Skinner is at his best when his music treads the line between comfort and cacophony, a notion proven when the virtually unlistenable “Roof of Your Car” veers from one narrow extreme to the other, then back again. It’s the combination that’s the key, as best exemplified by “Without Thinking” and “Puzzled by People”, both of which offset Skinner’s laconic delivery and everyman lyrics with hooks and beats guaranteed to latch on to your subconscious and stay there for a while.

Computers and Blues includes multiple collaborations with Rob Harvey, former frontman of the most unwisely-named band in the search engine era, the Music. That’s Harvey’s Geddy Lee-lite on the dreary “Soldiers”, on which even Skinner sounds bored by the whole affair. For a more successful collaboration, look no further than the album’s terrific closing number, “Lock the Locks”, on which Skinner is joined on the reflective chorus by singer-songwriter Clare Maguire.

But more often than not, Skinner’s on top of his game. “Trying to Kill M.E.” is a grand string-and-piano laden epic about addiction, while “Trust Me” comes off like a sunshiny rollerskating jam.

It’s understandable why Skinner would want to bid farewell to the Streets. Despite at least half ofComputers and Blues sounding as vital and important as the best of the Streets, it’s just as vital to know when to let go. The lyrics are still dynamic, the music sharp. But Skinner himself, whether through his muted pre-hype or his often disinterested (even by his standards) performance, sometimes seems as though he already had one foot out the door.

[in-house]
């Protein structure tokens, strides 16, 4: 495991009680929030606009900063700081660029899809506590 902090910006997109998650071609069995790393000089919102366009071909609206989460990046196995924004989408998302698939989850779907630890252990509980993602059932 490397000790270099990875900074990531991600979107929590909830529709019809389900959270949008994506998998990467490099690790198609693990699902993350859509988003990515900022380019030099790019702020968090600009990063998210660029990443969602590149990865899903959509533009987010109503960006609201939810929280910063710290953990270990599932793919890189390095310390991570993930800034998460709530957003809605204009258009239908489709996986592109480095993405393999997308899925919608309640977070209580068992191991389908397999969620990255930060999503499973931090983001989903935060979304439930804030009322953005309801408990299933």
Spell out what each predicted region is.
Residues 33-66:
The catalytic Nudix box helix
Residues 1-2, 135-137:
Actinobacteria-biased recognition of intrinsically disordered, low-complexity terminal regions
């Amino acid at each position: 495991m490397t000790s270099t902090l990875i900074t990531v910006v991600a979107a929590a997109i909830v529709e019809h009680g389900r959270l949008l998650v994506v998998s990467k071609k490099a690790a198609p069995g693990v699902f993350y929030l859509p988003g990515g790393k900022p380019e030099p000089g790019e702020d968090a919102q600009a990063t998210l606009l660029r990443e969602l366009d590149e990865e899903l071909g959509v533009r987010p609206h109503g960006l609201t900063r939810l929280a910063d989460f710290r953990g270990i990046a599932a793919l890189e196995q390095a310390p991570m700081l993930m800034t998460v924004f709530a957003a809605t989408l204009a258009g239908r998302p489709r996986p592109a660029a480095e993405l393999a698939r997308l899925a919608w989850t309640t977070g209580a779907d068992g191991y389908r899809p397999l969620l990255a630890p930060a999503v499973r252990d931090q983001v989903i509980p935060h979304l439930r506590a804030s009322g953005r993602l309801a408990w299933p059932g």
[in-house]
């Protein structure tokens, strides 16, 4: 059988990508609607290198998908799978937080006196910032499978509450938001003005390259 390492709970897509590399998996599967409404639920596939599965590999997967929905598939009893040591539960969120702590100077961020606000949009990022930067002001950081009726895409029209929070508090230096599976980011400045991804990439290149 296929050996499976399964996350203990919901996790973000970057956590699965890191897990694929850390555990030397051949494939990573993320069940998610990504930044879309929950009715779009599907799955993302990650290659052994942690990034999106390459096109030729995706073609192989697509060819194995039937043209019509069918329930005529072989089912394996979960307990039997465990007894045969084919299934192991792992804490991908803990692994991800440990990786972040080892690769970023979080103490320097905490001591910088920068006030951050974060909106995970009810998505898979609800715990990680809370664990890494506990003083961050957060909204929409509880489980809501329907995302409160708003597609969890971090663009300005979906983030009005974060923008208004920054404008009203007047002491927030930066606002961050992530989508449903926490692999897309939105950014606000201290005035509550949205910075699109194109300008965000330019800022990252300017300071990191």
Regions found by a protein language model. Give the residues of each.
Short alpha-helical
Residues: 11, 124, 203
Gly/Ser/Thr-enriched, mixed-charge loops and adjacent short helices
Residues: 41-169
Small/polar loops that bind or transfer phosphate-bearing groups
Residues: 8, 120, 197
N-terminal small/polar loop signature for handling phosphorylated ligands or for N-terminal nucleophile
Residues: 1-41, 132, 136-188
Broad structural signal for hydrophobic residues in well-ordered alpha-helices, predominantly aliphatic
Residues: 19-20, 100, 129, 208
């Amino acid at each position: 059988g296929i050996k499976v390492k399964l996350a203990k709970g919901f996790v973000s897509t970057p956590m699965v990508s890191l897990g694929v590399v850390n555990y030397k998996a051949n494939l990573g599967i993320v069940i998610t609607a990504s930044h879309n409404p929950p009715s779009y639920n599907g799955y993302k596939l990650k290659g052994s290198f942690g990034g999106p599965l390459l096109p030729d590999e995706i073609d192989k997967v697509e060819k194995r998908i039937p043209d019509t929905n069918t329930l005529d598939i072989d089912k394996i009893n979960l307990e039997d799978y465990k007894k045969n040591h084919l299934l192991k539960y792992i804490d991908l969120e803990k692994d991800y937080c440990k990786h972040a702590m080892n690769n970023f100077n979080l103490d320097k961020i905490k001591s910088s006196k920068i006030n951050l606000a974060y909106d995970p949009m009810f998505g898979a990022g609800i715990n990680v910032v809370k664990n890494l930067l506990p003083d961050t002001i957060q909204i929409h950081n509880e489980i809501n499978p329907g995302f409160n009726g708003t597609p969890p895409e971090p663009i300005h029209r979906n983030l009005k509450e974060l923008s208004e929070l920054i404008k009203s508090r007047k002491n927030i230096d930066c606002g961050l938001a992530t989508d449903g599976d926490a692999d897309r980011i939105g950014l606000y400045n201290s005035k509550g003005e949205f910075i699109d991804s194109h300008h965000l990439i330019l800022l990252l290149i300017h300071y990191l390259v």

If Computers and Blues is meant to wrap a dynamic five-album cycle, perhaps one need look no further than the cover art. On the acclaimed debut by the Streets, Original Pirate Material, the music is represented by a bleak London tower block. By Computers and Blues, the protagonist is seen through the window of a red-lit condominium; it’s not a palace by any means, but is probably a step in the right direction.

The Streets had run its course, and presumably Skinner will move on to bigger and better things, possibly involving aviation or shipping. Oddly, Skinner recorded more music as the Streets after completing Computers and Blues, though the Cyberspace and Reds mixtape was actually released two weeks prior to the final album proper. Skinner said he wanted the Streets to bow with a bang, claiming on his own Beat Stevie online show that the final Streets album would be “dark and futuristic”, and inspired by a synthesizer exhibition he’d seen in Austria. It’s not unreasonable to assume he’s generally hit the mark with Computers and Blues, a heavy collection of songs with the inimitable Skinner sense of style and substance.

7 out of 10

The Vagrants: I Can't Make a Friend 1965-1968

Originally published by PopMatters on February 1, 2011